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Sepultura: Quadra

This album came out in February 2020, a time that now seems long distant, as if it belonged to another world. Wasn’t the Super Bowl also in February 2020? I seem to recall attending a public gathering with lots of people and lots of food and a game on television that showed thousands of screaming fans packed into a stadium. Things have definitely changed!

So why am I reviewing this album six months after it’s release? One answer is that I forgot about it for a little while and then the weeks turned into months and here we are. But another answer, and probably a better one, is that wasn’t completely ready to appreciate everything that Sepultura was doing until now. You see, this is a band that I do not approach lightly. They’ve been making music for some 35 years and have been a major influence on heavy metal and its various subgenres for a long time. They are also one of the best bands of their kind. I also know that fans will probably always be divided over the band’s lineup changes, not to mention the various rifts between Max and Igor Cavalera. I didn’t really want to get into all of that and so I waited until I could just sit back with the album and listen as best as I could. It was definitely worth the wait.

For those wondering if this album is really that good, it might help to know a little more about the structure. The band divided the music into four groups of three, each one representing a slightly different style. The immediate inspiration was the ancient idea of the quadrivium, or the ways the study of arithmetic, geometry, music, and astronomy were considered essential divisions of an education. Don’t worry; Sepultura isn’t trading their instruments for math textbooks. But they are exploring different musical ideas here in ways that I found refreshing.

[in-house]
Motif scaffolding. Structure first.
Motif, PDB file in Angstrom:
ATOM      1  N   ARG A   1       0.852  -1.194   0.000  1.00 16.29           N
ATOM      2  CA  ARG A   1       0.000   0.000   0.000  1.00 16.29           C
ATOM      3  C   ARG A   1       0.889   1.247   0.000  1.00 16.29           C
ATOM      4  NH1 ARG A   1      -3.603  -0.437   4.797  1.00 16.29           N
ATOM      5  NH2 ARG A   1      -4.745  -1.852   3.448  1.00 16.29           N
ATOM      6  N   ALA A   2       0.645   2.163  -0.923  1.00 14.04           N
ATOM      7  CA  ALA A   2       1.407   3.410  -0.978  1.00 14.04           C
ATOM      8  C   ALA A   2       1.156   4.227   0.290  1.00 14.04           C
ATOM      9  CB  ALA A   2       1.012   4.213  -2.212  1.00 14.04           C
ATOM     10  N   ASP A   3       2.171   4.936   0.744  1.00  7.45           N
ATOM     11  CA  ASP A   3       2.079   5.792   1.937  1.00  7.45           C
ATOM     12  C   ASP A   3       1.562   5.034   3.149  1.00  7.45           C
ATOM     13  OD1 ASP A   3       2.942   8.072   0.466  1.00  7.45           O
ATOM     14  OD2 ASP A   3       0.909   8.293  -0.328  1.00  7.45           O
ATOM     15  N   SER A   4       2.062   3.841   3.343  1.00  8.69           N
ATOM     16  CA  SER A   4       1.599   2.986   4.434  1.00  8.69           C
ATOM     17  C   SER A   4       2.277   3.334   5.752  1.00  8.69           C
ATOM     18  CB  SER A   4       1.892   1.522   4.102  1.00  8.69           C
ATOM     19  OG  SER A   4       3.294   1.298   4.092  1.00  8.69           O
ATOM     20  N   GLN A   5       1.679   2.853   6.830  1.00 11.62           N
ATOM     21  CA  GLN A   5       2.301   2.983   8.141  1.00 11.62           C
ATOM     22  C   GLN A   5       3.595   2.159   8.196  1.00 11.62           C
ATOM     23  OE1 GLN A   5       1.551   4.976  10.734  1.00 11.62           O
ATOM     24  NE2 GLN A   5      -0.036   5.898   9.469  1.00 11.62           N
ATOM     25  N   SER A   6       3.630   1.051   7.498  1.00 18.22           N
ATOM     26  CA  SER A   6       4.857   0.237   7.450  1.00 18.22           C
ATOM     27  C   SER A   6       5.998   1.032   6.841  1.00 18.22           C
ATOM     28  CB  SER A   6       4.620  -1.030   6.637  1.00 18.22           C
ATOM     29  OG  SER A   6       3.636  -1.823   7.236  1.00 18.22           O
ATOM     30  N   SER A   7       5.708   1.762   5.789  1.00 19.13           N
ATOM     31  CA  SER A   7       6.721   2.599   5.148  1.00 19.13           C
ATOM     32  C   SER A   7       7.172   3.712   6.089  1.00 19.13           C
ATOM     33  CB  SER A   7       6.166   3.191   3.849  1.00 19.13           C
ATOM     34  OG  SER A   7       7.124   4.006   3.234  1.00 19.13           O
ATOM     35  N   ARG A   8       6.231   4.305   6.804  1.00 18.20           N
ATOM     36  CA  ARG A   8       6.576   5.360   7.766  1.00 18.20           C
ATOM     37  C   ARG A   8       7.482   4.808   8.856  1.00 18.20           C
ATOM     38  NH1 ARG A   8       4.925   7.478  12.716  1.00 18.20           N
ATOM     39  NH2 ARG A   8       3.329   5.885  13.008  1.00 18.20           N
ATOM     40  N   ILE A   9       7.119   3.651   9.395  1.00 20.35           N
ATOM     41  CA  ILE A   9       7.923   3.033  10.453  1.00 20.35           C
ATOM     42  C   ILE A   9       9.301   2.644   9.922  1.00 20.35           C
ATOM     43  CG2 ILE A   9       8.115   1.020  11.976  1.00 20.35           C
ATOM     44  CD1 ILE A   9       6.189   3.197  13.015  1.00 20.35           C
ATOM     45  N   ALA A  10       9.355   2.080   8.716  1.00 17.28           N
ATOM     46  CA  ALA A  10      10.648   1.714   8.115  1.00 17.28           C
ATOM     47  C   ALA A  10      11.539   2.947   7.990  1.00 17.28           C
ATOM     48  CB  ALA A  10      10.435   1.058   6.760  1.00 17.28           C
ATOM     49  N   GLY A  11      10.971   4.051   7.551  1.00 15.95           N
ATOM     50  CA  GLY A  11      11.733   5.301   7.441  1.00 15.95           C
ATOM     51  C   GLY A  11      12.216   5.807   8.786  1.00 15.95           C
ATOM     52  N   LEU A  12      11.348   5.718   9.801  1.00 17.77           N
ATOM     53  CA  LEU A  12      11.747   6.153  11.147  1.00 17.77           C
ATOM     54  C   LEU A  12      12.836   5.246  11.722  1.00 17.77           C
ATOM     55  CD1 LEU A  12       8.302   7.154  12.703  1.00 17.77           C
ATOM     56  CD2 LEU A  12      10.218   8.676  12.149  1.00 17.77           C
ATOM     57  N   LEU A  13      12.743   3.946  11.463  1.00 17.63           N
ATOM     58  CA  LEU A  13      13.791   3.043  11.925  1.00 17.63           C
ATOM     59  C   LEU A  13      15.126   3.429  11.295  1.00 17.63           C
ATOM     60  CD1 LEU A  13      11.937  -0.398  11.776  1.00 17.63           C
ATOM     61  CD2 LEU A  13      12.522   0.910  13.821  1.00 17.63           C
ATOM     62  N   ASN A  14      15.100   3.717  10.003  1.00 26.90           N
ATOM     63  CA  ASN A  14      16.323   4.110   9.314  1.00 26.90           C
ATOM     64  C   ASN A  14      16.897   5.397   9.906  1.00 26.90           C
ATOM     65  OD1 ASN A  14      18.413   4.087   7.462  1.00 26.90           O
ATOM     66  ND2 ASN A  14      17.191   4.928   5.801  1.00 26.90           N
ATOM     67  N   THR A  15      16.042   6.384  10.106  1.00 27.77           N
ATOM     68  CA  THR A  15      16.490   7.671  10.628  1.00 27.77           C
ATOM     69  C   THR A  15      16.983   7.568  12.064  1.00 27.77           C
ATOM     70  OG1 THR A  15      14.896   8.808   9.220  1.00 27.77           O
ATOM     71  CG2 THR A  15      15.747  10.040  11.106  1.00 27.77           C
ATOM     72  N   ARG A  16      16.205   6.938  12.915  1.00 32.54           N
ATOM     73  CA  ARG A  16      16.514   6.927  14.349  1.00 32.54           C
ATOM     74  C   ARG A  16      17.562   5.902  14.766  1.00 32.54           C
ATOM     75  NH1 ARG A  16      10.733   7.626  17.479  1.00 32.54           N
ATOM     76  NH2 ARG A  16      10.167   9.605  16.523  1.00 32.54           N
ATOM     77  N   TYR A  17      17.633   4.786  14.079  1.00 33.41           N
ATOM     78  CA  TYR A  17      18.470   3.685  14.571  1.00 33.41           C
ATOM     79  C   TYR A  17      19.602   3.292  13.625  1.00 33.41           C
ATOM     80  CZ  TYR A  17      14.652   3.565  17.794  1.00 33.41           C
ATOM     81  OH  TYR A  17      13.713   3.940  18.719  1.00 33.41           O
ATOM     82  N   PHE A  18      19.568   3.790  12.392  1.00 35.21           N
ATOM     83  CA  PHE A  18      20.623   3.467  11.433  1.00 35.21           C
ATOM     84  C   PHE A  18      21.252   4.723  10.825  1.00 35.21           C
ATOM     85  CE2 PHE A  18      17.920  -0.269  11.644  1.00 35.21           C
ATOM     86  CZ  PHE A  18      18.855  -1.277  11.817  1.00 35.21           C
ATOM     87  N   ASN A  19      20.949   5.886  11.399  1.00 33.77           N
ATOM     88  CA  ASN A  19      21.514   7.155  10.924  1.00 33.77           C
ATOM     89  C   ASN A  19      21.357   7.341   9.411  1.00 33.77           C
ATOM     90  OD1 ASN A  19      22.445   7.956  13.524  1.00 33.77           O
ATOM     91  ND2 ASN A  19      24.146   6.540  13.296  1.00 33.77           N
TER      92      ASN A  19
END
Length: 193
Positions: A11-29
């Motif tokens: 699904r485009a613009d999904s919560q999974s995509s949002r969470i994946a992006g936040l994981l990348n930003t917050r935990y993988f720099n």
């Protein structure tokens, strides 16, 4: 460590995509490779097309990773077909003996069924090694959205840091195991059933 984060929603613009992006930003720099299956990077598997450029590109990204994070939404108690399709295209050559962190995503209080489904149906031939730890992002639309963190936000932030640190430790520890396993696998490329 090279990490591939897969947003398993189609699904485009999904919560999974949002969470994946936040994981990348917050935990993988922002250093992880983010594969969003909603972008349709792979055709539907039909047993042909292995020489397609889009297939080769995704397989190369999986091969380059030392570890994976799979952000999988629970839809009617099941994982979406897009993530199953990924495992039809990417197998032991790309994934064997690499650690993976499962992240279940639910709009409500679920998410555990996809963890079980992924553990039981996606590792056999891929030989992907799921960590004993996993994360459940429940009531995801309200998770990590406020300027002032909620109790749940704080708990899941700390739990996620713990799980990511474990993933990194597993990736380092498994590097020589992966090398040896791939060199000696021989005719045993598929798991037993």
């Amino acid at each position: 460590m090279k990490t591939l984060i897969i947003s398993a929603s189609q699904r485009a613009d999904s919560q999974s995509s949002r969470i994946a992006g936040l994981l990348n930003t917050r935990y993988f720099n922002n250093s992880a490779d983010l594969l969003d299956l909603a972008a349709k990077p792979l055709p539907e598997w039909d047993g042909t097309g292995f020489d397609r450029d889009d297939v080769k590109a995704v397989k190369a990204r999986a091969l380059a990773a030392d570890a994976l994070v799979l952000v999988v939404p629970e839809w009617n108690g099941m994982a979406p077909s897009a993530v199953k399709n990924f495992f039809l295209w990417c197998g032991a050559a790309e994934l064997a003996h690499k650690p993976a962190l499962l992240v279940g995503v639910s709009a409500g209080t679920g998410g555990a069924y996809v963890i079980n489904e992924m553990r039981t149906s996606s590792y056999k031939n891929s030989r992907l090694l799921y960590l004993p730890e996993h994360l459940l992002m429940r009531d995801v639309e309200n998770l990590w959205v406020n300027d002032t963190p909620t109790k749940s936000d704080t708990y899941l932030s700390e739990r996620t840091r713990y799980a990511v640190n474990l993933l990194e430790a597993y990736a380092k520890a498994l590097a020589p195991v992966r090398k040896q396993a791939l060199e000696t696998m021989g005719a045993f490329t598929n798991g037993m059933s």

As I understand it, the point was to divide each section in ways that captured various aspects of the band’s interests and to give them some breathing room to explore new areas. The divisions for each section are, roughly, classic thrash, groove, progressive, and melodic. I say “roughly” because there is no perfect way to capture each section. It’s not as if the band jumps dramatically from thrash to progressive (or whatever) in ways that left me reeling or asking myself “what just happened?” Instead, each section flowed naturally (at least for me) from one style to another in ways that felt natural and appropriate. Sure, some listeners might not like the choral parts on “Guardians of Earth” or the guest vocals on “Fear; Pain; Chaos; Suffering,” but the album isn’t trying to be any single version of Sepultura. Instead, it is exploring all the ways Sepultura can work with extreme metal sounds to create something really special.

If you only want to dip your toe into this one, check out “Isolation” and “Guardians of Earth.” If you want to dive in, just start at the beginning and work your way to the end. You might not like every bit of it, but I think you’ll find more to like here than you think. Enjoy!

Track Listing:
1. Isolation
2. Means to an End
3. Last Time
4. Capital Enslavement
5. Ali
6. Raging Void
7. Guardians of Earth
8. The Pentagram
9. Autem
10. Quadra
11. Agony of Defeat
12. Fear; Pain; Chaos; Suffering

Added: August 7th 2020
Reviewer: Carl Sederholm
Score:
Related Link: Band Websiste
Hits: 445
Language: english

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